Abstract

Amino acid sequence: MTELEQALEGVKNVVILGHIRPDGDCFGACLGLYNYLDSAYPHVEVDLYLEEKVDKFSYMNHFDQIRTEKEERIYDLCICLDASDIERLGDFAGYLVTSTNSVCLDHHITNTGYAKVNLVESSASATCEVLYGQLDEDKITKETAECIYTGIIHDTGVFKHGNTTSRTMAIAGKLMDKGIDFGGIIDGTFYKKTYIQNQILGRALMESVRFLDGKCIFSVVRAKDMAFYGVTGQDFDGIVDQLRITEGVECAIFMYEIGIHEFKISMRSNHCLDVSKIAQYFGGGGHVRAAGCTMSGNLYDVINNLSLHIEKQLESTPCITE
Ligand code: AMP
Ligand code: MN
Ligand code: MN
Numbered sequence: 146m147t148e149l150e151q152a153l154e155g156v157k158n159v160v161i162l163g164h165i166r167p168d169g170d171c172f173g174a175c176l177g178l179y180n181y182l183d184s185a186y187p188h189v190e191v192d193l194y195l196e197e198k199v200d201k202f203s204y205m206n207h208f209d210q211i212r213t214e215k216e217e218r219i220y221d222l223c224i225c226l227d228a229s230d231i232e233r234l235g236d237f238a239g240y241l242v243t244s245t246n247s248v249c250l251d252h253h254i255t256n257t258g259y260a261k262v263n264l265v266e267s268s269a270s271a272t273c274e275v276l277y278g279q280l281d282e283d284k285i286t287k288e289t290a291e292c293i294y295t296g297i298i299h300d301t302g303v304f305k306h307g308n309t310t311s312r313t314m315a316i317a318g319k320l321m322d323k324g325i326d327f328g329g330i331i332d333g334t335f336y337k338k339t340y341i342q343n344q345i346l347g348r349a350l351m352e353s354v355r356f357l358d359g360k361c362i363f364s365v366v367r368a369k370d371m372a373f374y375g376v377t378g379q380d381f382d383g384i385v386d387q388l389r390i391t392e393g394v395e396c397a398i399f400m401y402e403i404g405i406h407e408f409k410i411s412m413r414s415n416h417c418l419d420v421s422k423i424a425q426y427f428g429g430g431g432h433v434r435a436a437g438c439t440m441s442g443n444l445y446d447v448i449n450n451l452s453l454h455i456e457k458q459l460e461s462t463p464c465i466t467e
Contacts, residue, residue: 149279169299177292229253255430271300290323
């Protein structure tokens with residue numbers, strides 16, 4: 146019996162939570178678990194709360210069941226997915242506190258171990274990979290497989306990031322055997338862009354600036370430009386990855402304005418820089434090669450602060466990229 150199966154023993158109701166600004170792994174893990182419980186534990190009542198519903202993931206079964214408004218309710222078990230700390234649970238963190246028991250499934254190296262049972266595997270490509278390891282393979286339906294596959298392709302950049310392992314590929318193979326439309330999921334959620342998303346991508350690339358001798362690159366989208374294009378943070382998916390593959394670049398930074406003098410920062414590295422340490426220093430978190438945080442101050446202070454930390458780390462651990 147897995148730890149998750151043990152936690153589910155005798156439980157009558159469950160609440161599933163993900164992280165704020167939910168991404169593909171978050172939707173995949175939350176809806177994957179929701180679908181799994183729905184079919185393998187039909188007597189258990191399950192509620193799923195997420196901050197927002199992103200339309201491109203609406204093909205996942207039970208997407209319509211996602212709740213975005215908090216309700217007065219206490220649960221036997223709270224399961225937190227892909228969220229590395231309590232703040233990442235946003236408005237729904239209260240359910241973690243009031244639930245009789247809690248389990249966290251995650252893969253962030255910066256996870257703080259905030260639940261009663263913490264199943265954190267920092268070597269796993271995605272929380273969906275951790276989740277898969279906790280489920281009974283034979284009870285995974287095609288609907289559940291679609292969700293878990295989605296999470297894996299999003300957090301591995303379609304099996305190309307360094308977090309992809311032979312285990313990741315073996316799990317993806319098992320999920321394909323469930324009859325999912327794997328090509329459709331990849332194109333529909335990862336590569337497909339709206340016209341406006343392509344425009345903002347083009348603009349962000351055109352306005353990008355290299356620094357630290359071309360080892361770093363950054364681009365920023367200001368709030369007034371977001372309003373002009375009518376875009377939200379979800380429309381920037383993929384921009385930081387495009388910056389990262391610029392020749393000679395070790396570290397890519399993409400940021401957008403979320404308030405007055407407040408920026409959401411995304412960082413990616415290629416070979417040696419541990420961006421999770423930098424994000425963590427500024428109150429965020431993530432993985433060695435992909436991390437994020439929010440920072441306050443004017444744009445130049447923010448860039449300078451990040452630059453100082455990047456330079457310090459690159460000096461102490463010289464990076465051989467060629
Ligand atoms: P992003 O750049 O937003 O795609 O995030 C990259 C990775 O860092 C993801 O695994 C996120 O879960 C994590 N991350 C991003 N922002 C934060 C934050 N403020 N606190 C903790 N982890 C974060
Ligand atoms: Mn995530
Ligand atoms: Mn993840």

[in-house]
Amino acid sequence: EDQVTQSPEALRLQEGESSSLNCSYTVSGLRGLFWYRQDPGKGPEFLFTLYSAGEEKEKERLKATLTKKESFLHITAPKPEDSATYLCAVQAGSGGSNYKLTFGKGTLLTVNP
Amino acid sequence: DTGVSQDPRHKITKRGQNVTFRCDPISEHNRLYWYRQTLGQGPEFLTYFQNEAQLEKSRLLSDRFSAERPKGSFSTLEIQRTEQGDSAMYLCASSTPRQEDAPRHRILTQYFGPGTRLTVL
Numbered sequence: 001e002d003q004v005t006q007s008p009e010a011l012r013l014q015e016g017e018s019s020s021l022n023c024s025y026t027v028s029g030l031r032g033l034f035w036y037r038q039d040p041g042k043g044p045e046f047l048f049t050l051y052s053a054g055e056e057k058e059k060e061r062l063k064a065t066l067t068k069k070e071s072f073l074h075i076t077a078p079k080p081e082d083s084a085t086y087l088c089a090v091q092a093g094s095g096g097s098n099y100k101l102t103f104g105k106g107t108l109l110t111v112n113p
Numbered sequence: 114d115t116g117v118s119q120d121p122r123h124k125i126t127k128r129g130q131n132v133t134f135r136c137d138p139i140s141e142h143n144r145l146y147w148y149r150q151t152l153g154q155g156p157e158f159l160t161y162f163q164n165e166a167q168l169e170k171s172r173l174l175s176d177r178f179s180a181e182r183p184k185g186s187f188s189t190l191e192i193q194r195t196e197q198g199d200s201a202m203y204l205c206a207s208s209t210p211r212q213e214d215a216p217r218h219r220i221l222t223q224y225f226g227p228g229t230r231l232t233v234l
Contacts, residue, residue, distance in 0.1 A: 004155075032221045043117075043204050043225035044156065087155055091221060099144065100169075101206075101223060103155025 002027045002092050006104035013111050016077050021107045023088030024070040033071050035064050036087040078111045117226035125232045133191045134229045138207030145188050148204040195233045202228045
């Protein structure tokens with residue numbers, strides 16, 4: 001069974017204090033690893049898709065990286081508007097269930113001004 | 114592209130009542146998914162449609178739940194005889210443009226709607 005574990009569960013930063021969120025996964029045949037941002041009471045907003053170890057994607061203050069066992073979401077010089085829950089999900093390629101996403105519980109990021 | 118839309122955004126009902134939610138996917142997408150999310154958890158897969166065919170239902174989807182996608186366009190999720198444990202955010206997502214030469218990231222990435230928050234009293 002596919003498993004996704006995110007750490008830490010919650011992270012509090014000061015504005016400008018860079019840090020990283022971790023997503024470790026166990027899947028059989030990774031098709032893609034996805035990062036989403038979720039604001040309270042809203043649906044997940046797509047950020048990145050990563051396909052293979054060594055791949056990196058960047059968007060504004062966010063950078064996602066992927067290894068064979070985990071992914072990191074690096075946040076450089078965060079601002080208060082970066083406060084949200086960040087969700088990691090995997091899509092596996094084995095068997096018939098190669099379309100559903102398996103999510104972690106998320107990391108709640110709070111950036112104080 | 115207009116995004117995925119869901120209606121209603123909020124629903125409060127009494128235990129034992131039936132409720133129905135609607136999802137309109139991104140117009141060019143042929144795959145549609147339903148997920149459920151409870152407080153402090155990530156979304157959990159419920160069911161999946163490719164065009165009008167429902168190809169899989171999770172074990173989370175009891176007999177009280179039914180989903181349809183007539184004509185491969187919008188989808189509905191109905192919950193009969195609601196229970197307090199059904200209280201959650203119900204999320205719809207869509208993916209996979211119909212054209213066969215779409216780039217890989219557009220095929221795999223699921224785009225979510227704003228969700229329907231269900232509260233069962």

We report the discovery of granulite facies gneisses that attained ultrahigh temperatures (UHT) above those predicted by typical models of conductive thermal relaxation of over-thickened crust during exhumation. The rocks, which form part of the Acadian (Devonian) metamorphic belt in Connecticut (United States), reached ∼1000 °C and minimum pressures of ∼1 GPa based on Zr-in-rutile thermometry, ternary feldspar compositions, and pseudosection analysis. This is the first regional UHT locality in the United States of which we are aware, and one of relatively few post-Gondwana assembly UHT localities known worldwide. The UHT metamorphism requires heretofore unrecognized contributions to the regional thermal budget. Some possibilities include rapid exhumation from the mantle, underthrusting of extremely radiogenic crust, mechanical strain heating, asthenospheric upwelling, and/or heat input from mantle-derived magmas. The rocks are fairly ordinary looking in outcrop, raising the possibility that other UHT domains remain undiscovered in the orogen.

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